Metal Rhythm Guitar

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As much as it pains me to say, James Hetfield is probably the best metal rhythm guitarist of all-time, and if you’re in the mood for some four-on-the-floor, 8th-note triplet chugging, look no further than the first three or four Metallica records.


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In my opinion, having slogged through a version of “Battery” or two in my lifetime, the key to metal rhythm guitar is in the palm of your picking hand. The one thing all metal jams have in common is palm muting.

Here’s a quick exercise: Pick up your guitar and form an E chord in the open position (as shown below).

Now, while striking only the top three strings of the chord, gently rest the flank of your palm against the strings as close to the bridge as possible – or wherever it’s most comfortable. Either way, give your undivided attention to your picking hand position. Continue to play the chord with heavy down strokes, emphasizing the percussive element of the instrument, while at the same time, varying the amount of palm pressure from your picking hand. Do this for approximately 5 minutes or so. Under no circumstances should you be afraid to experiment with picking and muting patterns. Try it with only the top two strings (E5). Get crazy with it.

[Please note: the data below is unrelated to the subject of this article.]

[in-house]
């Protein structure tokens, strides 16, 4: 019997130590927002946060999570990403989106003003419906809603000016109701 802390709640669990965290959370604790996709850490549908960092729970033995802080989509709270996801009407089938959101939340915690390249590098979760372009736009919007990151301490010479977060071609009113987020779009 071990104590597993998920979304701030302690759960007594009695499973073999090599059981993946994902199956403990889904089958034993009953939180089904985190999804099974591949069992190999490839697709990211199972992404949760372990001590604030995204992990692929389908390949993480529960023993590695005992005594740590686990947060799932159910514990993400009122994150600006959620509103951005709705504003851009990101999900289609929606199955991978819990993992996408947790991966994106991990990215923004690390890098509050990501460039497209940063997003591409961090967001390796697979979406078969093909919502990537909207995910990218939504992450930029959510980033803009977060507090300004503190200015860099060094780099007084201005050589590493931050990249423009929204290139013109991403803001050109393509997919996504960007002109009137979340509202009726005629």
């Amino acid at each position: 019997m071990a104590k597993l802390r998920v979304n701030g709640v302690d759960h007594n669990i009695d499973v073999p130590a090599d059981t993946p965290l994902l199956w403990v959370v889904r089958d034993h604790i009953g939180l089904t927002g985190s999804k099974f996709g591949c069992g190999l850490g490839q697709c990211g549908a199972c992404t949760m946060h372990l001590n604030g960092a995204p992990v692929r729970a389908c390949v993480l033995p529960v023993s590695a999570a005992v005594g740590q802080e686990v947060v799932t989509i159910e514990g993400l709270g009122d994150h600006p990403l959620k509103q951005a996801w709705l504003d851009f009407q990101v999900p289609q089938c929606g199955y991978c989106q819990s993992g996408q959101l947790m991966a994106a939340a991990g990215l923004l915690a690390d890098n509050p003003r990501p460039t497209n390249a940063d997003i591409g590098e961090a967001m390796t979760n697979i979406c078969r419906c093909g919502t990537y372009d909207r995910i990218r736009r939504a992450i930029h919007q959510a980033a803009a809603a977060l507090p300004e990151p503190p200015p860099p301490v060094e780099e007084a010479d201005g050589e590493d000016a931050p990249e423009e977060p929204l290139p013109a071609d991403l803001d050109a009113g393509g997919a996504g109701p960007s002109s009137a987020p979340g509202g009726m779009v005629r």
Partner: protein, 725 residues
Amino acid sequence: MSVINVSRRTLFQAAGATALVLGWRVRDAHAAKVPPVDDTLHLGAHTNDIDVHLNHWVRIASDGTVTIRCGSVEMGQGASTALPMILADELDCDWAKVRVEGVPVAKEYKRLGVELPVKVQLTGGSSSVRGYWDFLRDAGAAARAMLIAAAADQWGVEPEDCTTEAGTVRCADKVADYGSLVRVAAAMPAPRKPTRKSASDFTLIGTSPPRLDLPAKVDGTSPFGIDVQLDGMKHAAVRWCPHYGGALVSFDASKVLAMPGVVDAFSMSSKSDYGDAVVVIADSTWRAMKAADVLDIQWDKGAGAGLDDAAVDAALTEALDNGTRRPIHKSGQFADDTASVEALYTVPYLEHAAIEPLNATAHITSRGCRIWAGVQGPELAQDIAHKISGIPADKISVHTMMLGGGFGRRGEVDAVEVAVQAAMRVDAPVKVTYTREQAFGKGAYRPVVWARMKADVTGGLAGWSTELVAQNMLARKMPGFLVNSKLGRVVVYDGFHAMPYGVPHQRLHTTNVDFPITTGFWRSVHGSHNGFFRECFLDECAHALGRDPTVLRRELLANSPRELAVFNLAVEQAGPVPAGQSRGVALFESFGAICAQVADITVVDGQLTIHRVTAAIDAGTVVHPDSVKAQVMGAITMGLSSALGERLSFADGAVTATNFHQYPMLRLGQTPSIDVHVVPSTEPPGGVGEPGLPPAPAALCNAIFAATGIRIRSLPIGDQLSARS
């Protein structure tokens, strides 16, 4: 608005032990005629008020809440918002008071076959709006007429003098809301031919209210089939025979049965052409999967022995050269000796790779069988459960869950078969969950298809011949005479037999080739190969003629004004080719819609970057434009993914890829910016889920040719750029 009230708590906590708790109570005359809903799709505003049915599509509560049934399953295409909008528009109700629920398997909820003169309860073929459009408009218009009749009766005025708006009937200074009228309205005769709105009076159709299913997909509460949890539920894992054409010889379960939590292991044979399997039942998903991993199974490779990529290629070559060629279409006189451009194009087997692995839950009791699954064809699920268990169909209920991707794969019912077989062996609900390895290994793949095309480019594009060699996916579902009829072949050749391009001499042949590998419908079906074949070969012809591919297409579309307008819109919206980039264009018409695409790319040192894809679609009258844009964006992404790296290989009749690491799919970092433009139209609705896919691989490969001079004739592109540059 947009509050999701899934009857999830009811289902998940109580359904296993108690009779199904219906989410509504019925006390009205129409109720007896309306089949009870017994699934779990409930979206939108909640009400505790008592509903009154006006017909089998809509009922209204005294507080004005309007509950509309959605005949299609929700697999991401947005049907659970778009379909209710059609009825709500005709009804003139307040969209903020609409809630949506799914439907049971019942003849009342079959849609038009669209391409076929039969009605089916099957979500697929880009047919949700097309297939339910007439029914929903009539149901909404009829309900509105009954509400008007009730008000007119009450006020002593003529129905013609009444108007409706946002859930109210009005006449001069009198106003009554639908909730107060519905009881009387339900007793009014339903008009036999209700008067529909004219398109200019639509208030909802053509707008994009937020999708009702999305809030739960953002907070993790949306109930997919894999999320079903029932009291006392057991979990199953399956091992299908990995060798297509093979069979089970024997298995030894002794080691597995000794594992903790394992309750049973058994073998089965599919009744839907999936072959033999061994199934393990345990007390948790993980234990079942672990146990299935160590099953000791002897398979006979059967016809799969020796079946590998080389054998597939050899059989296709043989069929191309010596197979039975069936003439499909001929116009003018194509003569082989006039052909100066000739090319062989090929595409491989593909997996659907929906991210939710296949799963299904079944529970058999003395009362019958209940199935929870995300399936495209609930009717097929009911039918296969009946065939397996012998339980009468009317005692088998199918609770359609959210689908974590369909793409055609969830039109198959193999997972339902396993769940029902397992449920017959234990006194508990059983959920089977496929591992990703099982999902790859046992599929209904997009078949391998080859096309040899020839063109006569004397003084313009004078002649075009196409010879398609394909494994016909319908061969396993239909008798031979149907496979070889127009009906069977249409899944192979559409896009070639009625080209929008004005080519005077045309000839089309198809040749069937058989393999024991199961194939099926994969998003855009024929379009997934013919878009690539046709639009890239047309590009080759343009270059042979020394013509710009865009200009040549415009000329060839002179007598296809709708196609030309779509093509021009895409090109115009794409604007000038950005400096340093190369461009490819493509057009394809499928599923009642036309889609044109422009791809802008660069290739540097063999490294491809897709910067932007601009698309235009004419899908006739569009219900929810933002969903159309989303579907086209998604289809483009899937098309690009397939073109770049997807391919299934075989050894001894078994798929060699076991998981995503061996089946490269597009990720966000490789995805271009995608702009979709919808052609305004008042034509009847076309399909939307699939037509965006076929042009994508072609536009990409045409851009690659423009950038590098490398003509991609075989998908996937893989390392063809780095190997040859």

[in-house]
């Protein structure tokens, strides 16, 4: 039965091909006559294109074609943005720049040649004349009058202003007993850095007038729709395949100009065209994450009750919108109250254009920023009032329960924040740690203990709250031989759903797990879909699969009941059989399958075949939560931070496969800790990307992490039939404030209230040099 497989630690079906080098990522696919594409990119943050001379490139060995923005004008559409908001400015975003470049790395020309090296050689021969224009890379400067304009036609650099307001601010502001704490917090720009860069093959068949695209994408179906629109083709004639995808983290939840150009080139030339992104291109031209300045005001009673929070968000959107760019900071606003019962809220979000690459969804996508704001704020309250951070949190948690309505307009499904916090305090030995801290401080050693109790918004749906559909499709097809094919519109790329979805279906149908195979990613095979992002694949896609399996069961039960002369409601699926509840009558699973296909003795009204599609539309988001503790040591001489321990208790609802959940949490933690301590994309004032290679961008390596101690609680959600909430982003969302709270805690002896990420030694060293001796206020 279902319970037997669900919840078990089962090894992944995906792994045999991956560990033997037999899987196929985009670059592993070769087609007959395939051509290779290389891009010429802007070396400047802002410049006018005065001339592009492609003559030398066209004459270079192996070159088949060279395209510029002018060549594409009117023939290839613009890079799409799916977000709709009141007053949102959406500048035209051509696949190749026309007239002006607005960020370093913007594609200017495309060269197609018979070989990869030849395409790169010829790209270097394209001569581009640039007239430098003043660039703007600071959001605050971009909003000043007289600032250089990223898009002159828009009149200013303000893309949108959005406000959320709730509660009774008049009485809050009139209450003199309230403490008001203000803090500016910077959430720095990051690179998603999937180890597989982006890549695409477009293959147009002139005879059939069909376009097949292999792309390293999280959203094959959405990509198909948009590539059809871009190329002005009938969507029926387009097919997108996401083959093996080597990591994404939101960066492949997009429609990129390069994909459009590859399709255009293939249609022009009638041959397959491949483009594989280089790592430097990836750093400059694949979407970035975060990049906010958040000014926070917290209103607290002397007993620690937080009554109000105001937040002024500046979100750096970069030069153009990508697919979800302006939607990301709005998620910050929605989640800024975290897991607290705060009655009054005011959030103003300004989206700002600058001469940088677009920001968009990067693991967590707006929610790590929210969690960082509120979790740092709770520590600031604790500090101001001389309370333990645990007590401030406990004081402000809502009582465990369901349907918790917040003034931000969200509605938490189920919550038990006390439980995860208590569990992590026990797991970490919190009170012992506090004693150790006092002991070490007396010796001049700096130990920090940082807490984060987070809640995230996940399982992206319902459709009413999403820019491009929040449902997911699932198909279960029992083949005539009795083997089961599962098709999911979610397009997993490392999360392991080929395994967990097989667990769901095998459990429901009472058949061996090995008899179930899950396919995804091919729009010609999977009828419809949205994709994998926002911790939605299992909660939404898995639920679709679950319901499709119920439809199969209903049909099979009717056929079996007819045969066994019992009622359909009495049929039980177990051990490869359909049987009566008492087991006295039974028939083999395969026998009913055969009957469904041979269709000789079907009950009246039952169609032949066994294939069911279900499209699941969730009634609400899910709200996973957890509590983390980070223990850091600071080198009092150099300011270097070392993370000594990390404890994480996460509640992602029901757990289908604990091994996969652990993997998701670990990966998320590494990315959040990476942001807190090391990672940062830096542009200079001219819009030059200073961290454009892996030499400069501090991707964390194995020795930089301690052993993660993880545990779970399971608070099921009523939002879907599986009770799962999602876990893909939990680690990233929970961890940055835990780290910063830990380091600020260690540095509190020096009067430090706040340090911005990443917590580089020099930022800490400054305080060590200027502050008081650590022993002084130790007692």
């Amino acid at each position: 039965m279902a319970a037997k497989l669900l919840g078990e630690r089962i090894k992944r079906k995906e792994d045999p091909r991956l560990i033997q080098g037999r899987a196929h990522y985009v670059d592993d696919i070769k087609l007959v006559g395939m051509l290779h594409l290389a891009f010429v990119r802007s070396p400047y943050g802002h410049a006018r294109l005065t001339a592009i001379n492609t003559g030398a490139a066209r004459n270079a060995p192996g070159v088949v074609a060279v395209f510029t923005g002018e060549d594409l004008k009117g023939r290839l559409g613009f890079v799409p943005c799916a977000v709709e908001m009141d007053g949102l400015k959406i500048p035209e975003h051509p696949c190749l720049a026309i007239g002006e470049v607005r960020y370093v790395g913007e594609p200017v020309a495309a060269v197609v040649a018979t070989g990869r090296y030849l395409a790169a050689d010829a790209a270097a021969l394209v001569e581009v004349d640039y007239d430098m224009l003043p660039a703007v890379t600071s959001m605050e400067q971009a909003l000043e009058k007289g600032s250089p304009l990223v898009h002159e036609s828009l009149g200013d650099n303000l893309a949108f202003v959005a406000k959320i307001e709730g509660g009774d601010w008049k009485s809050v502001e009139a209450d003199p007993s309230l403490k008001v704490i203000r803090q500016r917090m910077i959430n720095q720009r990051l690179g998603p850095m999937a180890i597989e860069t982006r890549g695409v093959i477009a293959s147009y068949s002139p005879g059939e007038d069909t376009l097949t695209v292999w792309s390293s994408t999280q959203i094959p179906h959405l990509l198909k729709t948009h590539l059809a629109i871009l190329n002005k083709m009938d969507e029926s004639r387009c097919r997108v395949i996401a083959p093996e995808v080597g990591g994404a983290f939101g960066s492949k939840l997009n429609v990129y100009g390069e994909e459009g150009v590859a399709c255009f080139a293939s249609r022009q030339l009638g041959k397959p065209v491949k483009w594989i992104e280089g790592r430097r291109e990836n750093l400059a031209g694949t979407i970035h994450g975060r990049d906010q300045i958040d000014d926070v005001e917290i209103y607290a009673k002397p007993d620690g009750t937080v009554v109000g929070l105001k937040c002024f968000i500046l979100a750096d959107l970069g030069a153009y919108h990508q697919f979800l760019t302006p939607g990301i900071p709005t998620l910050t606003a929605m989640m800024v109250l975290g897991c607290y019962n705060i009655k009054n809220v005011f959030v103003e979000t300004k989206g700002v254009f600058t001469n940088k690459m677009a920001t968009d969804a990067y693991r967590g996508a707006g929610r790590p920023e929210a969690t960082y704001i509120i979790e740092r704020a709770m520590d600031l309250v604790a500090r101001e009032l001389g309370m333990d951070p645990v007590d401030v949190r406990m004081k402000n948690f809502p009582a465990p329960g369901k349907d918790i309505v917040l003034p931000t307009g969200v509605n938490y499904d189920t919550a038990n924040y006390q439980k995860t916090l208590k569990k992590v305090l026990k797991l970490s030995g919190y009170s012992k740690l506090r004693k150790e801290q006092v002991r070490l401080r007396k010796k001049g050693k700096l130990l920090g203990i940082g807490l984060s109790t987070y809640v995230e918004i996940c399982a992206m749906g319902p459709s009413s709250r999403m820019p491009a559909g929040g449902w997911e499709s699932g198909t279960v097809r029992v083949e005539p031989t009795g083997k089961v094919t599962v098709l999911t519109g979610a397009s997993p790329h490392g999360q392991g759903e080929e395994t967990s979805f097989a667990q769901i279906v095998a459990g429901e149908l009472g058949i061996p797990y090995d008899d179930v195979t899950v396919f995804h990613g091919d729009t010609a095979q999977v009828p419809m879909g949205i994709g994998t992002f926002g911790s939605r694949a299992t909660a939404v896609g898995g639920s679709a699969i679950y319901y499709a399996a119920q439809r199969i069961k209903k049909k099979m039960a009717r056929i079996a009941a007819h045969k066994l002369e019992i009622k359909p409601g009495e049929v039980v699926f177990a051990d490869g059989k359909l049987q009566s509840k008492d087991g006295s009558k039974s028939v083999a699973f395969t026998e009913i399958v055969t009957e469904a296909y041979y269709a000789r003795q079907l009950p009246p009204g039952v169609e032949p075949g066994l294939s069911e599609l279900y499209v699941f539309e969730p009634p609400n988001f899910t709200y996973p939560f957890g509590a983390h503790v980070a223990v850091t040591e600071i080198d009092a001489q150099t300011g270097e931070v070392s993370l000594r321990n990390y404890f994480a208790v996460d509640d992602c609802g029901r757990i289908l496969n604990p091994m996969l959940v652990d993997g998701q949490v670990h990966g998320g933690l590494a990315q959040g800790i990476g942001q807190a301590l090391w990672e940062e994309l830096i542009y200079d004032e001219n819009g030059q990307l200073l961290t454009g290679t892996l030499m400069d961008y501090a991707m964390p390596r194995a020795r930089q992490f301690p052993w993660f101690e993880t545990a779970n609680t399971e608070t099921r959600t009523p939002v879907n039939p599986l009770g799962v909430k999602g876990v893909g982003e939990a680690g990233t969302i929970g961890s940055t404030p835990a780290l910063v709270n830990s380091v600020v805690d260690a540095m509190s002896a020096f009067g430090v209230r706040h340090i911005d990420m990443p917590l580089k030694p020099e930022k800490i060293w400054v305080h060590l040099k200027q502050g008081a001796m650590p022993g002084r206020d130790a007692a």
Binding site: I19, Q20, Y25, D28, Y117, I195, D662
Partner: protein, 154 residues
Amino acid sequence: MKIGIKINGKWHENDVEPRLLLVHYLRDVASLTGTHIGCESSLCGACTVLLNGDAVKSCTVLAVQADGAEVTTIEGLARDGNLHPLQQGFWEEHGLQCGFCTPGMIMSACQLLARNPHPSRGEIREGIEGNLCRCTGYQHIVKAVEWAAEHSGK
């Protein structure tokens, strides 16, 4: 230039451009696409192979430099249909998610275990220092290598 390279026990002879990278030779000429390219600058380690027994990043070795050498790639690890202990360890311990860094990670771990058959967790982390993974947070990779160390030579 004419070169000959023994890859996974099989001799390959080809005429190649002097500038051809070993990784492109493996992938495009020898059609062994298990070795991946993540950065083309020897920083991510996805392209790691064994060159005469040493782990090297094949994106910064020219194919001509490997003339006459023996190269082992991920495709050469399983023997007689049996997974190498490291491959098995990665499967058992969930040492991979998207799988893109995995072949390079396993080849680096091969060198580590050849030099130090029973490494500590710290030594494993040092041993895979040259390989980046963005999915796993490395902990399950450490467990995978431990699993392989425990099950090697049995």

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Congratulations! You’ve just played the overwhelming majority of every rhythm guitar part in every metal song ever written. Now play a D major chord (as shown below). Try the same exercise, this time on the bottom four strings. Eh, what the hell. Use the open A string, for an a fuller sound. See how that works? You can turn any chord into a metal riff simply by muting the strings and maintaining a solid down stroke. Don’t believe me? Put on any Pantera record and tell me I’m wrong.

Check out this VIDEO GUITAR LESSON ON A METALLICA´S RIFF

The infamous “metal chug” is not achieved by amplification – of course, that helps – but you can play metal rhythm on any guitar. Honestly, despite its relative complexity in terms of song arrangements and whatnot, metal rhythm guitar is probably the easiest type of guitar to play – and it’s so damn satisfying.

Once you’ve mastered the art of palm muting, you can move on to other metal skills, like sticking out your tongue and flashing the devil horns at the end of an epic guitar solo.

If learning songs on guitar is your goal, I recommend you to check out these courses:

GUITAR SONG COLLECTION